generally in the same level. Ejaz et al. [12] in their study reported that chocking of injector nozzles occur after a long run when the engine was fuelled with biodiesel. Tajima et al. [13] obtained better combustion rate and lower smoke using the waste vegetable oil methyl ester in a high-speed direct injection test engine when compared to gas oil. Though many researchers [14-20] have taken efforts to address the issues of biodiesel, the technology is yet to be fully exploited. This study is to determine the extent to which blending can be done with diesel without scarifying much in the performance and emission characteristics of a Diesel engine when fuelled with these blends without any engine modifications. Fuel blends were prepared in house and their properties were evaluated. The potential effects of these blends on the combustion, performance and emission are evaluated to determine a possible alternate to diesel fuel in internal combustion engines. A detailed and appropriate discussion on the results of the examinations on the blends are presented giving emphasis to the cylinder dynamic pressure, specific fuel consumption, brake thermal efficiency, and emissions such as NOx and smoke opacity with diesel being the bench mark.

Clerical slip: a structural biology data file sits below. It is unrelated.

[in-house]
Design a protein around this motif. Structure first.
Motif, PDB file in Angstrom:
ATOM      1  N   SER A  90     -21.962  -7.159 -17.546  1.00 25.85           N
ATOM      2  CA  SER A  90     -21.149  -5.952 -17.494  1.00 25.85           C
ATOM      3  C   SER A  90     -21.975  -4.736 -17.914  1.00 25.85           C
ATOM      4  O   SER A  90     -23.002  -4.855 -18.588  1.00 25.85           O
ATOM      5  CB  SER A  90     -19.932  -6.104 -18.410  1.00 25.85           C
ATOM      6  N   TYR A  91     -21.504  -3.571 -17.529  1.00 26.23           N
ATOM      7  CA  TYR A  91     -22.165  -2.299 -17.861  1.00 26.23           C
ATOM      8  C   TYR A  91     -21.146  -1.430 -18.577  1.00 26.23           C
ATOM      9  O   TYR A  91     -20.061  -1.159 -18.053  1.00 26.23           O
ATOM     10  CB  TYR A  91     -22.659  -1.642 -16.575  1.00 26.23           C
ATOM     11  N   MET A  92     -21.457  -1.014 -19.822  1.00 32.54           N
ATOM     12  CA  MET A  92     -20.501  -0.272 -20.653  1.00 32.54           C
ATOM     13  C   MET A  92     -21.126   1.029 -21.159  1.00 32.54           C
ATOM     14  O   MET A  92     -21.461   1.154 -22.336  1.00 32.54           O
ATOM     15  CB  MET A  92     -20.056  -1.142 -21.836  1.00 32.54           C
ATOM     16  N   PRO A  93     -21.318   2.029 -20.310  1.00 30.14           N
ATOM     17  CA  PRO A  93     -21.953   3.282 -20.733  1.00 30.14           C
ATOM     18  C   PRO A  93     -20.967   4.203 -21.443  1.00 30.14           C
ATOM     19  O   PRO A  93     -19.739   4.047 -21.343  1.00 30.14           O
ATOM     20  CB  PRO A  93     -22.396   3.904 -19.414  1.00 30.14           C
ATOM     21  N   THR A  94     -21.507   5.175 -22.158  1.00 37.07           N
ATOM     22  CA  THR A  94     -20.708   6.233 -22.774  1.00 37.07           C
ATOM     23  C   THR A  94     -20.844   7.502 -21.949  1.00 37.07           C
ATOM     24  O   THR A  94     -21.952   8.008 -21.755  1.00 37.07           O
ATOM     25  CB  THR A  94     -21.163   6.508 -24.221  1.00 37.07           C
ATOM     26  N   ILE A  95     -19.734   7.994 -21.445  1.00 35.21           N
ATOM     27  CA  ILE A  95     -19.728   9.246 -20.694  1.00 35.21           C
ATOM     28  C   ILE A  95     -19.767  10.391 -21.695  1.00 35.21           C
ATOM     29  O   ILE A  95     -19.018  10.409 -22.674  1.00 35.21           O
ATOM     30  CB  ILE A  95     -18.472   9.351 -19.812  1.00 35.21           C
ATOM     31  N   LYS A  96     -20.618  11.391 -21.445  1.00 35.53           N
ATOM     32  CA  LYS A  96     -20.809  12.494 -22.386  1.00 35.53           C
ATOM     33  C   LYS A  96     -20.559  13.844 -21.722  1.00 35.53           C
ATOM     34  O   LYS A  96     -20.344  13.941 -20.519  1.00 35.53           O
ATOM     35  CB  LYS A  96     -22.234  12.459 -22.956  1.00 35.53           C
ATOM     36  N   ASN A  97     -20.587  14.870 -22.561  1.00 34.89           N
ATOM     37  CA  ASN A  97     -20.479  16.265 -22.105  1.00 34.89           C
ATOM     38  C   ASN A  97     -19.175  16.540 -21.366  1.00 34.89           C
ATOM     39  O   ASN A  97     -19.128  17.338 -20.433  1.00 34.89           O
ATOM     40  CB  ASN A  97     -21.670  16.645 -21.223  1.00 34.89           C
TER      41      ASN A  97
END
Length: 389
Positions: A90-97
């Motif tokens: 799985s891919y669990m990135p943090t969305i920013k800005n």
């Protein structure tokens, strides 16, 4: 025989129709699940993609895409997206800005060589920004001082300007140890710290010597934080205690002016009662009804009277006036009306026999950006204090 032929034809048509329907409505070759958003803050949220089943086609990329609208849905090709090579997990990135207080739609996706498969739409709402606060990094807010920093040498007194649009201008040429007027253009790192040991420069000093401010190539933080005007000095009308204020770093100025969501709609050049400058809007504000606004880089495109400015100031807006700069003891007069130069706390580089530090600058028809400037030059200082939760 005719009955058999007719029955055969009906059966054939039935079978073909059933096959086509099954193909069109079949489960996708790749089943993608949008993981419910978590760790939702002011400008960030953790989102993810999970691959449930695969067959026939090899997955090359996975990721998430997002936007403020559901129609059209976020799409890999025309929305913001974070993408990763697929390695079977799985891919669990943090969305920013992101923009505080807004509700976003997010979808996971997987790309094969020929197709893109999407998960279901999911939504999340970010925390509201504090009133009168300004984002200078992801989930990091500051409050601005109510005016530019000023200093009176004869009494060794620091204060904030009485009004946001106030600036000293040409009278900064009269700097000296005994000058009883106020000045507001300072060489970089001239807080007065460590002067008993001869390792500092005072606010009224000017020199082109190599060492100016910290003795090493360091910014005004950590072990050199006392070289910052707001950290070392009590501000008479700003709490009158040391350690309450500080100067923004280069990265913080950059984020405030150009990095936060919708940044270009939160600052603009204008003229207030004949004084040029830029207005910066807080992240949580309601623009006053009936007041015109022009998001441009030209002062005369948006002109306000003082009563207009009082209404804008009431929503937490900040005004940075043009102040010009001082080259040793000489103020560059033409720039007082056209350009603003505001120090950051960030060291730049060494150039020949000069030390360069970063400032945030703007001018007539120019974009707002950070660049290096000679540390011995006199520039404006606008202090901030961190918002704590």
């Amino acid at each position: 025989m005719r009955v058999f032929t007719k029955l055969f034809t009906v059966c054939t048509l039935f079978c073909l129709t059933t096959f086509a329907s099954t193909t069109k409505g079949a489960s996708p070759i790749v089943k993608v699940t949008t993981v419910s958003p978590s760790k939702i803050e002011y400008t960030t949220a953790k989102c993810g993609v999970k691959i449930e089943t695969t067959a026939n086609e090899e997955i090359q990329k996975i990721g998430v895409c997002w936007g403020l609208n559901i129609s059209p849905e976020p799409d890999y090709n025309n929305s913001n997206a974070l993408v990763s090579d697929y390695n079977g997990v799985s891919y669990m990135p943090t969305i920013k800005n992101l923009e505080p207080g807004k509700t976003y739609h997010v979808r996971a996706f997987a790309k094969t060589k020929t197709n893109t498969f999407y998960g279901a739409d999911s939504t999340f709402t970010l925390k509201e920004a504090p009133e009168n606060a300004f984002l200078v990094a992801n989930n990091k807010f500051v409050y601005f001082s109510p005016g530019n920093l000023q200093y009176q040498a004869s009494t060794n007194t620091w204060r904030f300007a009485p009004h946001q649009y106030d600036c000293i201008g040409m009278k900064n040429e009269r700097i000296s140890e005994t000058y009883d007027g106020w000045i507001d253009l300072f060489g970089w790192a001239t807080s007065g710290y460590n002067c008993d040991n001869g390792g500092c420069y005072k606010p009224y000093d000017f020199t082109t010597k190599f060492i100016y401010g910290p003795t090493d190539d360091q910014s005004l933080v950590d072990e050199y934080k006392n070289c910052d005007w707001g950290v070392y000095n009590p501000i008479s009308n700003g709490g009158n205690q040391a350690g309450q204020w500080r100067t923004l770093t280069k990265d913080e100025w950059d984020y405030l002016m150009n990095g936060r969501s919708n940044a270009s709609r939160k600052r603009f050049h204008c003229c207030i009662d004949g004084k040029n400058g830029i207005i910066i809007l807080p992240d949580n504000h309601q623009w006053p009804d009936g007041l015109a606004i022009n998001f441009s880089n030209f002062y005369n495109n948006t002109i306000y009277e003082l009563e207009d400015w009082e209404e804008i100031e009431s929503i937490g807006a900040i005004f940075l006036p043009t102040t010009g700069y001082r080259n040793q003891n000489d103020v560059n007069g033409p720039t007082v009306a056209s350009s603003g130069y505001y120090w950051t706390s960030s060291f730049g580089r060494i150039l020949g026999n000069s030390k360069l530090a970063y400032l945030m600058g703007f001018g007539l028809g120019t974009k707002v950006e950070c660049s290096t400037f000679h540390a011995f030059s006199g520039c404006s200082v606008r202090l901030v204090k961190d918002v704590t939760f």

Experimental method

Preparation and properties of jatropha and diesel oil blends

Transesterified jatropha oil was blended with diesel oil in varying proportions to reduce its viscosity close to that of the diesel fuel. It is evident [10] that blending of transesterified vegetable oil with the conventional diesel fuel would bring the viscosity close to diesel. The required physical and chemical properties of the biodiesel thus prepared were found using standard methods. The blends prepared were stable under normal conditions. The important properties of the blends are shown in tab. 2. When compared with the properties of the mineral diesel oil the results show that the calorific value of all the blends was lower than diesel oil. The kinematic viscosity, specific gravity, and the flash point were higher.

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Table 2. Properties of jatropha and oil diesel oil blends S. No Blend Kinematic viscosity at